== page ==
are based on how much tree canopy and surface temperature align with income, employment, race, age and health factors. A 0- to-100-point system makes it easy to understand how a community fares. With the knowledge the score provides, community leaders, tree advocates and

Two census tracts near the intersection of Morse Road and Cleveland Avenue have tree equity scores of 100, and 95% of residents are people of color.

residents alike can address climate change and public health through the lens of social equity, attract new resources, factor the scores into technical decisions and track progress toward achieving Tree Equity. A score of 100 represents Tree Equity.” Source: Tree Equity Score, American Forests


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CO2

> AUGUST 2021

estimated impact of 91 trees over 40 year lifespans CO2 Avoided 551,780 pounds CO2 Sequestered 175,351 pounds Electric Energy Saved 87,735 kWh

C

Electricity Cost Saved $10,748 Avoided Runoff 214,374 gallons O3 Removed 677 pounds VOC Avoided 12 pounds

carbon sequestration Environmental pollutants, like carbon dioxide, are released by different sources in cities and then partially captured by the process of photosynthesis in trees. The trees then release oxygen back into the atmosphere, decreasing the amount of carbon and helping achieve a more balanced atmospheric composition.

O2

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PM2.5 Removed 40 pounds Source: i-Tree Planting Calculator Estimated tree mortality rate of 10%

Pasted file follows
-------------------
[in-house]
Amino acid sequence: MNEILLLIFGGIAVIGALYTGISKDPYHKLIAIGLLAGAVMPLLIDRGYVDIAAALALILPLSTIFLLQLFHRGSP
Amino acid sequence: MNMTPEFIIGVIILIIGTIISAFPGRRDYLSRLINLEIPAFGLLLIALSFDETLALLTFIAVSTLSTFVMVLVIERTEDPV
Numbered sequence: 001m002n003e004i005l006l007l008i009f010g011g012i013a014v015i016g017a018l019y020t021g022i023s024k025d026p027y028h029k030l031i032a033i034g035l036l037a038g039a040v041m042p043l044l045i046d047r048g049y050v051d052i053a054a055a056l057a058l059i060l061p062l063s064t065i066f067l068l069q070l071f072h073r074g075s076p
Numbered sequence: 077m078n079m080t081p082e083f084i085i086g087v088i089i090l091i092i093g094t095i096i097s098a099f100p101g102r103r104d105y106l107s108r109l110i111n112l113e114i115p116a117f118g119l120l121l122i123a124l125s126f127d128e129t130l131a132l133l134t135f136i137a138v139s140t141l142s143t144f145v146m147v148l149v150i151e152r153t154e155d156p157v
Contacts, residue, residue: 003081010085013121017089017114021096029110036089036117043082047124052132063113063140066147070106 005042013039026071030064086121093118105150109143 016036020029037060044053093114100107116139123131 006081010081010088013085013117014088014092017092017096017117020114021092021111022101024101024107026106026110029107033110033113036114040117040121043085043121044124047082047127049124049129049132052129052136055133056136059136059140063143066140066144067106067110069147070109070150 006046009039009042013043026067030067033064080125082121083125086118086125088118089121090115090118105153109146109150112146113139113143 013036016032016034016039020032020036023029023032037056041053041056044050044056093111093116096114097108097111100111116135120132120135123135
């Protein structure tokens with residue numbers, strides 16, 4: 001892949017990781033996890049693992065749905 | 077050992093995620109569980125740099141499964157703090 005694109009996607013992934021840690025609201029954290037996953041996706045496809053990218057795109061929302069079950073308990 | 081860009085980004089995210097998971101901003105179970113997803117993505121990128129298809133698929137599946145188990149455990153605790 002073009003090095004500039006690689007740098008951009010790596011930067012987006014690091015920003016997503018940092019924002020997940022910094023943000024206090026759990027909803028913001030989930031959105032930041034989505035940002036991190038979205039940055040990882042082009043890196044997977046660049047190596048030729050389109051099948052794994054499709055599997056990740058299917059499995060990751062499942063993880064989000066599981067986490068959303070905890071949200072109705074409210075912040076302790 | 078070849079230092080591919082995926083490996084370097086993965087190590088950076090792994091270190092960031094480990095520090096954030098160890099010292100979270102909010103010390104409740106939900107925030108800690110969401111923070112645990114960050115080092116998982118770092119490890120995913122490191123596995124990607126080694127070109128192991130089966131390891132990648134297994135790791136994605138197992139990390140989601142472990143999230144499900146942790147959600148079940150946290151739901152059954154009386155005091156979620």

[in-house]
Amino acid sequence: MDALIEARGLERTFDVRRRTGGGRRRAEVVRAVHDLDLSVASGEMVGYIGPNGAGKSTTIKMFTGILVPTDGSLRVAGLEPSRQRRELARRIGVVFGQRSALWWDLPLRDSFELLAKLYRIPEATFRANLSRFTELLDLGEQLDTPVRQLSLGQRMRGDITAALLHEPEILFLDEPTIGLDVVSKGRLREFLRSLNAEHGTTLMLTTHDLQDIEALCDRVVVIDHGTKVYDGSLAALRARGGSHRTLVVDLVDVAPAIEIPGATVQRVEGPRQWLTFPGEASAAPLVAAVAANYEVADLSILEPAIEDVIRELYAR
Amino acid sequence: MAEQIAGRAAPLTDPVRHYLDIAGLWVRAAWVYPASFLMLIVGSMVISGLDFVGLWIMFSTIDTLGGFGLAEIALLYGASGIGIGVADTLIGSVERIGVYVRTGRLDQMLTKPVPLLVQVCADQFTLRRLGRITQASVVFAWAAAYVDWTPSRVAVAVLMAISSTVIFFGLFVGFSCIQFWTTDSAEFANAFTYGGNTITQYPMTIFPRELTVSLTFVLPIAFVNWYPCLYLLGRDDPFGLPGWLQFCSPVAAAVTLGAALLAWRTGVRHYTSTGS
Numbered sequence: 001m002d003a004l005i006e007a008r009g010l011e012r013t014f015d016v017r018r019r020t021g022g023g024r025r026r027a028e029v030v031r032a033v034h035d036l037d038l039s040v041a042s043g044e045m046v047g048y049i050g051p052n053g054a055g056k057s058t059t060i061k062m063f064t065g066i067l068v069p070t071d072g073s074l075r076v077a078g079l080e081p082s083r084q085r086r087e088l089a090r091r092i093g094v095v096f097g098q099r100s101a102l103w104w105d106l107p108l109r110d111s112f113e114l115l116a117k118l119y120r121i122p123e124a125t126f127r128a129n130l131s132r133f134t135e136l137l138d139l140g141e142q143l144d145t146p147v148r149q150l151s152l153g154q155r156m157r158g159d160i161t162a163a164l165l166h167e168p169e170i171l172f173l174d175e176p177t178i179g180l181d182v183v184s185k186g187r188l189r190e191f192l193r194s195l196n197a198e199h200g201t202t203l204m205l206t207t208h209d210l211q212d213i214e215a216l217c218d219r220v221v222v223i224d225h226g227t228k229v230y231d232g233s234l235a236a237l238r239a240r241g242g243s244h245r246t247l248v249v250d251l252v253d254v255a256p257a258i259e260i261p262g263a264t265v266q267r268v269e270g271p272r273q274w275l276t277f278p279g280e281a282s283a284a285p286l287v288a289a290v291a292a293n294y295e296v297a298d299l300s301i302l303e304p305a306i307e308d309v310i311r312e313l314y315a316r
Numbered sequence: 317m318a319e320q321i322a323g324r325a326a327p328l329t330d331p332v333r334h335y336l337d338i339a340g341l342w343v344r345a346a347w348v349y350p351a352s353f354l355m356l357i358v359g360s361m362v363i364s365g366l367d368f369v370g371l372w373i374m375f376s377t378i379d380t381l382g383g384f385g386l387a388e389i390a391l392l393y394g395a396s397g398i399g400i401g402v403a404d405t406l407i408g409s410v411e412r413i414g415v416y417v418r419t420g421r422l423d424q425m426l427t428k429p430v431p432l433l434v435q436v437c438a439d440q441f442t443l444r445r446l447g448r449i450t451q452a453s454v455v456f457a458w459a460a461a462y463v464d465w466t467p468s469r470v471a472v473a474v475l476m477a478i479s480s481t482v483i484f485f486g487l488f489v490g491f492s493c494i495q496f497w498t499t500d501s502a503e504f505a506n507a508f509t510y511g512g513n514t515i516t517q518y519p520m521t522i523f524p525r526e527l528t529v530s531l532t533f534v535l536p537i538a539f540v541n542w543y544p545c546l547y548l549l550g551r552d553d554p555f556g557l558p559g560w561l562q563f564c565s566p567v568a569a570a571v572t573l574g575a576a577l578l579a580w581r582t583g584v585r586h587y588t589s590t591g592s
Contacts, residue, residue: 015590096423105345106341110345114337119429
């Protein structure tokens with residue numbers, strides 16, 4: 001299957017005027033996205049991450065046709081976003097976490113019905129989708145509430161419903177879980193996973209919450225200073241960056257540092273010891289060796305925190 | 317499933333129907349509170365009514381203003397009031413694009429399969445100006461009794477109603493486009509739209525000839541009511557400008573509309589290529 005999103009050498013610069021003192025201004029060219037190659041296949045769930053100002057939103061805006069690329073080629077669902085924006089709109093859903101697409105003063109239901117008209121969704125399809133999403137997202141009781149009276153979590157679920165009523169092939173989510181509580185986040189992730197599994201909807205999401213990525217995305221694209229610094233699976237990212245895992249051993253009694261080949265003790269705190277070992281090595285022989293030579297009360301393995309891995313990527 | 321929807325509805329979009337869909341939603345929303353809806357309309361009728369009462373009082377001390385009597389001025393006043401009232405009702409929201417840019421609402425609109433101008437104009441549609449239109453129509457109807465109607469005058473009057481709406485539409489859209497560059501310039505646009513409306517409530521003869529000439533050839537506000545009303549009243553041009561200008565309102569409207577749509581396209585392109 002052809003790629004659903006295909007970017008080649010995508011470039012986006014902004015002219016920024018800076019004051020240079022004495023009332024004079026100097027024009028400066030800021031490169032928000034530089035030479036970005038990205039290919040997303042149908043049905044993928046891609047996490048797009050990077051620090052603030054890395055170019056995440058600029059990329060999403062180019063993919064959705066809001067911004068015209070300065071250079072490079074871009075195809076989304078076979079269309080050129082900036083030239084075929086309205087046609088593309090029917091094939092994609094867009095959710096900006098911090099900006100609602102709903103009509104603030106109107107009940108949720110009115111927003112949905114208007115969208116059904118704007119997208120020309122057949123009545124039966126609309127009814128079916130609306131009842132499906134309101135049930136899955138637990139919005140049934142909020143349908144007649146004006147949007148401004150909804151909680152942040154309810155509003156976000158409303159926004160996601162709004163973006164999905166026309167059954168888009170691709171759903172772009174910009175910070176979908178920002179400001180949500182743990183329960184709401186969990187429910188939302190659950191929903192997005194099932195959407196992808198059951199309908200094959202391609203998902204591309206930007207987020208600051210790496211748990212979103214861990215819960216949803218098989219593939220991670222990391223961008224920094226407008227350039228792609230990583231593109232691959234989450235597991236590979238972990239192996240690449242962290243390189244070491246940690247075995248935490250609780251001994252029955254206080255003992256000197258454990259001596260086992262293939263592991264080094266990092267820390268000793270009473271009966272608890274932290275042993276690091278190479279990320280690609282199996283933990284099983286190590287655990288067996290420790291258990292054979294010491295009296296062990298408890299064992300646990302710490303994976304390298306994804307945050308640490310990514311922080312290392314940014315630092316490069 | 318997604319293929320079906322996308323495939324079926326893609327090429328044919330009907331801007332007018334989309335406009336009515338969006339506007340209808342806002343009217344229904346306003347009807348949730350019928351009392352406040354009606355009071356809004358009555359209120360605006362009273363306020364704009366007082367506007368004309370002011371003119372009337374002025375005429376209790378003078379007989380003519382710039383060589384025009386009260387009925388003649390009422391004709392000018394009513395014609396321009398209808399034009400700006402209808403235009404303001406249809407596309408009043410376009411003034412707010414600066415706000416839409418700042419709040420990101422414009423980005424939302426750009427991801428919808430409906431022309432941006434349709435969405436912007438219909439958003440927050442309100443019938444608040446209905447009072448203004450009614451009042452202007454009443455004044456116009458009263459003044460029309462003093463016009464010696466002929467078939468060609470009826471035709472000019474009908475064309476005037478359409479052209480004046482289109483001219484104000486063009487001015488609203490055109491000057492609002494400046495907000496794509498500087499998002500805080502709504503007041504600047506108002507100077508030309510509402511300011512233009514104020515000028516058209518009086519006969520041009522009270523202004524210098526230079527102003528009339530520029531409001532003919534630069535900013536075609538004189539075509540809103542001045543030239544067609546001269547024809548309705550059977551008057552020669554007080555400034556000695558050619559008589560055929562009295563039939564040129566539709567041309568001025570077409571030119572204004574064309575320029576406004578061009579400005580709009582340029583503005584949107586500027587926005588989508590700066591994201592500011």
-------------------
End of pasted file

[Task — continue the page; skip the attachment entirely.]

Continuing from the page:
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88

We worked directly with property owners to plant high-impact trees for public benefit.

tons of CO2 sequestered

Tree Location

276

The Neighborhood Design Center conducted extensive outreach with residents and property owners in Weinland Park to create direct connections that would lead to successful tree plantings. Through attending the Weinland Park Festival and meetings of the Weinland Park Community Civic Association, the tree planting program was marketed thoroughly in the neighbrhood. When property owners expressed interest in the program, NDC created site plans to determine, in conjunction with the owner, the ideal placement for the new tree(s). The goal of the program was to increase the tree canopy along streets, so only front or side yard trees were permitted to be funded. If property owners requested a backyard tree, NDC referred them to other programs that could provide a free sapling for easy planting. Once the ideal locations were determined, Seely’s Nursery ensured that there would be no underground utilities in the location. Then, Seely’s planted the tree and installed a 10-gallon tree bag to support tree stabilization and growth in the early weeks of planting.

date:_________ initials:________

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tons of CO2 avoided

1489 N 5th St, Columbus OH Snowgoose Cherry

date:_________ initials:________ 1576 N. High St. • Columbus, OH 43201

www.theneighborhooddesigncenter.org

The Neighborhood Design Center completed technical analysis and siting recommendations for each tree, working with property owners and the nursery to locate the most advantagous location.

The snowgoose cherry tree was planted in the southern portion of the front yard of the house at 1489 N. 5th Street after discussions with and approval from the property owner.

$11K of electricity saved

214K gallons of stormwater runoff avoided